Rupert Murdoch Clashes With Shareholder at Annual Meeting
"You're a great free-speech advocate and you're shutting down questions after 25 minutes. Surely the director realizes this is a joke," said the shareholder
A surging stock price — a return of 140 percent in three years — was arguably enough to placate most investors, though things nevertheless got a little testy at the 21st Century Fox annual meeting on Wednesday when a shareholder tried to ask chairman and CEO Rupert Murdoch more than his share of questions.
Murdoch's opening remarks at the annual meeting of shareholders in Los Angeles focused primarily on record financial results, hit TV shows, blockbuster movies and a rosy outlook. The only hint of conflict came during the question-and-answer period, which was preceded by a reminder from Murdoch that the rules dictate that each shareholder is limited to two queries no longer than one minute apiece in length.
Shortly after the admonition, Australian shareholder Stephen Mayne — a city of Melbourne councilor and an activist who has challenged Murdoch off and on for 15 years — asked about how the executive is splitting his time between 21st Century Fox and News Corp, where he is executive chairman. He also asked about rising executive compensation (Murdoch's rose to $29.2 million from $28.9 million).
Mayne returned to the microphone a few minutes later to ask further questions and Murdoch said he'd allow him only one more. "Go ahead. Come on," Murdoch told the shareholder, who complained about the company's nonvoting shares but then tried to squeeze in a few related comments before Murdoch shut him down.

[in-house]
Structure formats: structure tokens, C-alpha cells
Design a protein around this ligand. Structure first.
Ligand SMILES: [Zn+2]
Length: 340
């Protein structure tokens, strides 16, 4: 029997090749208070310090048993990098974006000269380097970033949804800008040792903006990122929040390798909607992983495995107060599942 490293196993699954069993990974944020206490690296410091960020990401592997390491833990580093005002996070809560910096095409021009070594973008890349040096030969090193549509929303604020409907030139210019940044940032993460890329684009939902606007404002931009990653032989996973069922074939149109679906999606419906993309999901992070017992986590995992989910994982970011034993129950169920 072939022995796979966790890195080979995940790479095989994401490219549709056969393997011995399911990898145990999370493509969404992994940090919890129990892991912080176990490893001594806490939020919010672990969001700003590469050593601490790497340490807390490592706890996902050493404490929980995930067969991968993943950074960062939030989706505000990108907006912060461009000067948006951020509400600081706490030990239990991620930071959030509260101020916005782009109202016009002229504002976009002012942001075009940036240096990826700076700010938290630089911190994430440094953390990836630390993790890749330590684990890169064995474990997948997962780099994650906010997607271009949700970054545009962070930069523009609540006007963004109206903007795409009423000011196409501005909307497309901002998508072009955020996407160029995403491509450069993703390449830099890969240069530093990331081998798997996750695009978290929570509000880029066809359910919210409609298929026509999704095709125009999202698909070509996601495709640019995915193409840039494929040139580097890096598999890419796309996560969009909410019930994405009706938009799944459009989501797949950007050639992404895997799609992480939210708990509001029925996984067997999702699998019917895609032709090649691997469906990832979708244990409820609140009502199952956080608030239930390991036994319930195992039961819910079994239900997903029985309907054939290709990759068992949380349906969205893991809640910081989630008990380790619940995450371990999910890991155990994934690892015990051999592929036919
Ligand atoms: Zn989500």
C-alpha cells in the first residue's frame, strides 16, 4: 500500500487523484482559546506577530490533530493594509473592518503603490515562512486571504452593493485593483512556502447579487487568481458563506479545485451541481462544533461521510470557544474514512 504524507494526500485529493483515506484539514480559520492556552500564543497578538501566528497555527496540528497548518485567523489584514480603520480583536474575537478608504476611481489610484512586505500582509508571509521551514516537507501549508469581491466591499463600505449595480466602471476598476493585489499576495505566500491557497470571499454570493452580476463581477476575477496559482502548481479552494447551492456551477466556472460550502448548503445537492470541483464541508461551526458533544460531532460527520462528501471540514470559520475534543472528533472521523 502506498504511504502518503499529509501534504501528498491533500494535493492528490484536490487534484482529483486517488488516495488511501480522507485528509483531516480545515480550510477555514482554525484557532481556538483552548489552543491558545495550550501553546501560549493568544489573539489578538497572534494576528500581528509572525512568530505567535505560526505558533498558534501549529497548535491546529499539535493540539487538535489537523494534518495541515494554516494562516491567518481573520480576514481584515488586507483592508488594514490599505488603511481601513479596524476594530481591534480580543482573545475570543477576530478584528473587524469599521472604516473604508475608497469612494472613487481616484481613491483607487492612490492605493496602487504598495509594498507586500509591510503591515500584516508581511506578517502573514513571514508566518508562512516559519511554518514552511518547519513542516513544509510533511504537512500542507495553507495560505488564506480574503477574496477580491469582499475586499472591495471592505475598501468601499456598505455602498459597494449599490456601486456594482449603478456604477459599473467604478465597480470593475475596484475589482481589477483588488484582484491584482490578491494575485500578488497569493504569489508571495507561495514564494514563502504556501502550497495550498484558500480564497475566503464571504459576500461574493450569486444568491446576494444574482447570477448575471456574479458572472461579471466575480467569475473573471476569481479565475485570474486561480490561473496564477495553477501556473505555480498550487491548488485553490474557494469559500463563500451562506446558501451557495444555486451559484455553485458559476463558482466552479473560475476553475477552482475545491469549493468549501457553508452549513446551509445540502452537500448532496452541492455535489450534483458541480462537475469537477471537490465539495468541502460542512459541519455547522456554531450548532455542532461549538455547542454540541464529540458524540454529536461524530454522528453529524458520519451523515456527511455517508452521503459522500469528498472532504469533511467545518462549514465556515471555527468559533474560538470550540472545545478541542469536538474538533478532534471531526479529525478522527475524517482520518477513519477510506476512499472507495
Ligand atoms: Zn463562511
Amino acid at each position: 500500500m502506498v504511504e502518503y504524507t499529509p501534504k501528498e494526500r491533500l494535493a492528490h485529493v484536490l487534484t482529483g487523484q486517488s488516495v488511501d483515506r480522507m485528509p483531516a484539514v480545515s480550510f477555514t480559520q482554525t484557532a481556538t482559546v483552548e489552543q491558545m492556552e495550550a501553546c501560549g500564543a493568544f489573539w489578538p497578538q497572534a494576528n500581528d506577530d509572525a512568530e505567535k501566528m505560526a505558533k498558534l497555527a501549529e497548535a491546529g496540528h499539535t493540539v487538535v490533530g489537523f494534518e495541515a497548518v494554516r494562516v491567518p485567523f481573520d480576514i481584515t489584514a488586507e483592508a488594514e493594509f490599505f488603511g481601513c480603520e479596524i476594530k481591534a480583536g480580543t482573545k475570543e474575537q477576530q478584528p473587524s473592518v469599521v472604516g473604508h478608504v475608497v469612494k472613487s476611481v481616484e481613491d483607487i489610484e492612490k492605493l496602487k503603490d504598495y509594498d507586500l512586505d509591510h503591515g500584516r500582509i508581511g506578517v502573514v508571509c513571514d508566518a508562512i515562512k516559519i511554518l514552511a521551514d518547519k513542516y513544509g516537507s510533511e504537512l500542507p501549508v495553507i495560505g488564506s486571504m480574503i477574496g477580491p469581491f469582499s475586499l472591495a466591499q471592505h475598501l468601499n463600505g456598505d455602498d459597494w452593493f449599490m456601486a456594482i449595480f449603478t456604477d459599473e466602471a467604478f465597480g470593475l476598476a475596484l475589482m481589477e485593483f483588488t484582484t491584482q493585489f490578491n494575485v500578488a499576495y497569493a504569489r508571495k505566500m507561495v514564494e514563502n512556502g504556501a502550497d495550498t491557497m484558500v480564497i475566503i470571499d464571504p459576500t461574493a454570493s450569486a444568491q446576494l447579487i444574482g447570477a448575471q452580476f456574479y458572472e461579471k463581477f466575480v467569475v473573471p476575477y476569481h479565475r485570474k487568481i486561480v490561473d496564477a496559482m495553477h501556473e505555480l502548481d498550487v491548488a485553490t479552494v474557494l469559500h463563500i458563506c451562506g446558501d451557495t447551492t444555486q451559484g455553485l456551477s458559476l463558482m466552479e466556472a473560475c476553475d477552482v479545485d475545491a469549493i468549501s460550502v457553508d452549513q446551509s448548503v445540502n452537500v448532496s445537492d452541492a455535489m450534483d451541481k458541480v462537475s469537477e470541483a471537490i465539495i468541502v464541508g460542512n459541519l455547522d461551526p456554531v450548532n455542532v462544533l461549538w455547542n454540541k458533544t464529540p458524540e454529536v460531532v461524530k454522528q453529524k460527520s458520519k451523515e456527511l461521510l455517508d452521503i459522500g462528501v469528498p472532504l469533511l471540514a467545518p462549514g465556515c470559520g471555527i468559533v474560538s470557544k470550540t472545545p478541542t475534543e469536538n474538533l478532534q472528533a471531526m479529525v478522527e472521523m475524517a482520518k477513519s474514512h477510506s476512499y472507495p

"You're a great free-speech advocate and you're shutting down questions after 25 minutes. Surely the director realizes this is a joke," said the shareholder, who provided a bit of drama to the meeting, which was mostly focused on how well the company has been doing since the split from News Corp.
Outside of that exchange, it was business as usual during the 30-minute meeting. The company's slate of directors were easily elected, and two proposals supported by the board were overwhelmingly passed, one ratifying Ernst & Young as accountants and another to approve — on an advisory, nonbinding basis — executive compensation.
"I'm proud that I can report the company has never been better positioned to benefit from the global demand of quality content," Murdoch said.
Murdoch told the assembled that he will not settle for "commoditized" brands or content that "runs in the middle of the pack." He said the conglomerate's cable networks are the "engine of growth" and he praised FX as "one of the most pioneering networks in television."
Cable networks brought in $12 billion in revenue for the year, the most ever, Murdoch said.
He said the Fox News Channel in the third quarter was the most watched basic cable channel in weekday primetime. When a shareholder asked if Dish Network chairman Charlie Ergen might balk at a new deal with FNC, as he has with Time Warner's Turner and CNN, Murdoch said: "There's no way that he would challenge Fox News."
He said the Dish deal is up for a renewal in a few months and that he has already spoken "informally" about it with Dish executives.
Murdoch acknowledged that broadcast TV has been underperforming.
"On the entertainment side, we face challenging headwinds, but we have new creative leadership and we must be patient if we rebuild our schedule on the broadcast network," he said.
On the film side, Murdoch praised the studio's "diversified approach" that has included "breakouts" like The Fault in Our Stars and The Grand Budapest Hotel alongside blockbusters like Dawn of the Planet of the Apes, Rio 2 and X-Men: Days of Future Past.
Also at the meeting, Murdoch announced the completion of a previously announced satellite TV deal.
"Just this morning, we completed the transfer of Sky Italia and our interest in Sky Deutschland to BSkyB to create a pan-European digital television leader through the combination of these assets," Murdoch said. "We have long believed that combining the European Skys would create enormous long-term value, and our agreement, which maintains our 39 percent ownership stake, positions us to benefit from the future growth of the strengthened company."
Nov. 12, 2:50 p.m. This story has been updated to add more remarks from Rupert Murdoch, stock information and the results of voting.
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